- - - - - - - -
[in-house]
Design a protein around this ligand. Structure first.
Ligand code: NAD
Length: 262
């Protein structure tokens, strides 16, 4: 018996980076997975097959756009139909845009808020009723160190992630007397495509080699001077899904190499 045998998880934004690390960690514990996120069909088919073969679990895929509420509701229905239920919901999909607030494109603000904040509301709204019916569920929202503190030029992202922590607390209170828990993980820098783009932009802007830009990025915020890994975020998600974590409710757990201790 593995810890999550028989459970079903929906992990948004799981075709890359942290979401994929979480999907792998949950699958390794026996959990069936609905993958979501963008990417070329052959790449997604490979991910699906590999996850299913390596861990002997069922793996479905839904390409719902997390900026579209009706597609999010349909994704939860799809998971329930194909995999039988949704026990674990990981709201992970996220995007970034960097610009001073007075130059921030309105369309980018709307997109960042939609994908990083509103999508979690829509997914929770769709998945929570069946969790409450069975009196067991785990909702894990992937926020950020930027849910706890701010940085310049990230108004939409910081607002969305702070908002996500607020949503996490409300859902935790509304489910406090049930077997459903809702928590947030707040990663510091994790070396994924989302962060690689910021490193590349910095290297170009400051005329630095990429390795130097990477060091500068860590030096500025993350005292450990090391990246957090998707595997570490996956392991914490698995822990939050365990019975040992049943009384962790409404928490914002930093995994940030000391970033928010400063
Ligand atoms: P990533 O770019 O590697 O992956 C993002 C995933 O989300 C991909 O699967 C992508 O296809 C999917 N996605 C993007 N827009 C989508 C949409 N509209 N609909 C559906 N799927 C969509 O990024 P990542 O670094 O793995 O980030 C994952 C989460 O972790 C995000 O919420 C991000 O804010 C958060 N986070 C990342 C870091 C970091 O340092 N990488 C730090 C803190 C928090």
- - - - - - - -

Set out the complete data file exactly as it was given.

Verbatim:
[in-house]
Design a protein around this ligand. Structure first.
Ligand code: NAD
Length: 262
């Protein structure tokens, strides 16, 4: 018996980076997975097959756009139909845009808020009723160190992630007397495509080699001077899904190499 045998998880934004690390960690514990996120069909088919073969679990895929509420509701229905239920919901999909607030494109603000904040509301709204019916569920929202503190030029992202922590607390209170828990993980820098783009932009802007830009990025915020890994975020998600974590409710757990201790 593995810890999550028989459970079903929906992990948004799981075709890359942290979401994929979480999907792998949950699958390794026996959990069936609905993958979501963008990417070329052959790449997604490979991910699906590999996850299913390596861990002997069922793996479905839904390409719902997390900026579209009706597609999010349909994704939860799809998971329930194909995999039988949704026990674990990981709201992970996220995007970034960097610009001073007075130059921030309105369309980018709307997109960042939609994908990083509103999508979690829509997914929770769709998945929570069946969790409450069975009196067991785990909702894990992937926020950020930027849910706890701010940085310049990230108004939409910081607002969305702070908002996500607020949503996490409300859902935790509304489910406090049930077997459903809702928590947030707040990663510091994790070396994924989302962060690689910021490193590349910095290297170009400051005329630095990429390795130097990477060091500068860590030096500025993350005292450990090391990246957090998707595997570490996956392991914490698995822990939050365990019975040992049943009384962790409404928490914002930093995994940030000391970033928010400063
Ligand atoms: P990533 O770019 O590697 O992956 C993002 C995933 O989300 C991909 O699967 C992508 O296809 C999917 N996605 C993007 N827009 C989508 C949409 N509209 N609909 C559906 N799927 C969509 O990024 P990542 O670094 O793995 O980030 C994952 C989460 O972790 C995000 O919420 C991000 O804010 C958060 N986070 C990342 C870091 C970091 O340092 N990488 C730090 C803190 C928090």